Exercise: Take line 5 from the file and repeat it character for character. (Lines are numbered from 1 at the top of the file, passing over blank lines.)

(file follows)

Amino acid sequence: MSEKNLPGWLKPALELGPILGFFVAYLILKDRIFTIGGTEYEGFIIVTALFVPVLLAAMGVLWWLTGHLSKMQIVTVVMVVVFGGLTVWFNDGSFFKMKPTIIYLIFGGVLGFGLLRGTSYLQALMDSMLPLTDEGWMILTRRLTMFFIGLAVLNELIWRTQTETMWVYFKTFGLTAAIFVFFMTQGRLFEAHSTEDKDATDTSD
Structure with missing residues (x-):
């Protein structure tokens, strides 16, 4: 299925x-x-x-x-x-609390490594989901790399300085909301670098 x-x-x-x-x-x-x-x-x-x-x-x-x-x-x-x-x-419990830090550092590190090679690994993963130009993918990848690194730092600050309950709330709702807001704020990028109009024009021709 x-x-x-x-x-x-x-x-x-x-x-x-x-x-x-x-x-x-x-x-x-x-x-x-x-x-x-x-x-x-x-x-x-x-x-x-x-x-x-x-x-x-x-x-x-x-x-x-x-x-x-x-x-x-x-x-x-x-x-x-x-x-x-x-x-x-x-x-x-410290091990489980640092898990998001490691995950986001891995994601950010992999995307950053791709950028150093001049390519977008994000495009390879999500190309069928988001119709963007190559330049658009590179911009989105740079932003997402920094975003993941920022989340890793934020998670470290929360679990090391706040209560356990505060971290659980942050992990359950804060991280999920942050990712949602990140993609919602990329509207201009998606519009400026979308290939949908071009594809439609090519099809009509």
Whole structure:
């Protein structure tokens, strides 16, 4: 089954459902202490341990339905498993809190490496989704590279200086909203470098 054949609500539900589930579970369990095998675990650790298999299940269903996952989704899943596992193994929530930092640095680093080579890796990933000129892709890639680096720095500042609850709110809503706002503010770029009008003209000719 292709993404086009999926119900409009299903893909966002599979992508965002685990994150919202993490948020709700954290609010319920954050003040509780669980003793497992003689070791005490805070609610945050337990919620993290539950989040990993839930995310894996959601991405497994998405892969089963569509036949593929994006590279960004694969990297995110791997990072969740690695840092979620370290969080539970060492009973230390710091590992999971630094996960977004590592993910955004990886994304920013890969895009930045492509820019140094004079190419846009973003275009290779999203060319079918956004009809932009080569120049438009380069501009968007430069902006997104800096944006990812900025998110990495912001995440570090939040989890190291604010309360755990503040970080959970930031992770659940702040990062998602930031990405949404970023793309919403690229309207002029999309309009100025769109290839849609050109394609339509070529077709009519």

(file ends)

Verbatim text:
């Protein structure tokens, strides 16, 4: 089954459902202490341990339905498993809190490496989704590279200086909203470098 054949609500539900589930579970369990095998675990650790298999299940269903996952989704899943596992193994929530930092640095680093080579890796990933000129892709890639680096720095500042609850709110809503706002503010770029009008003209000719 292709993404086009999926119900409009299903893909966002599979992508965002685990994150919202993490948020709700954290609010319920954050003040509780669980003793497992003689070791005490805070609610945050337990919620993290539950989040990993839930995310894996959601991405497994998405892969089963569509036949593929994006590279960004694969990297995110791997990072969740690695840092979620370290969080539970060492009973230390710091590992999971630094996960977004590592993910955004990886994304920013890969895009930045492509820019140094004079190419846009973003275009290779999203060319079918956004009809932009080569120049438009380069501009968007430069902006997104800096944006990812900025998110990495912001995440570090939040989890190291604010309360755990503040970080959970930031992770659940702040990062998602930031990405949404970023793309919403690229309207002029999309309009100025769109290839849609050109394609339509070529077709009519």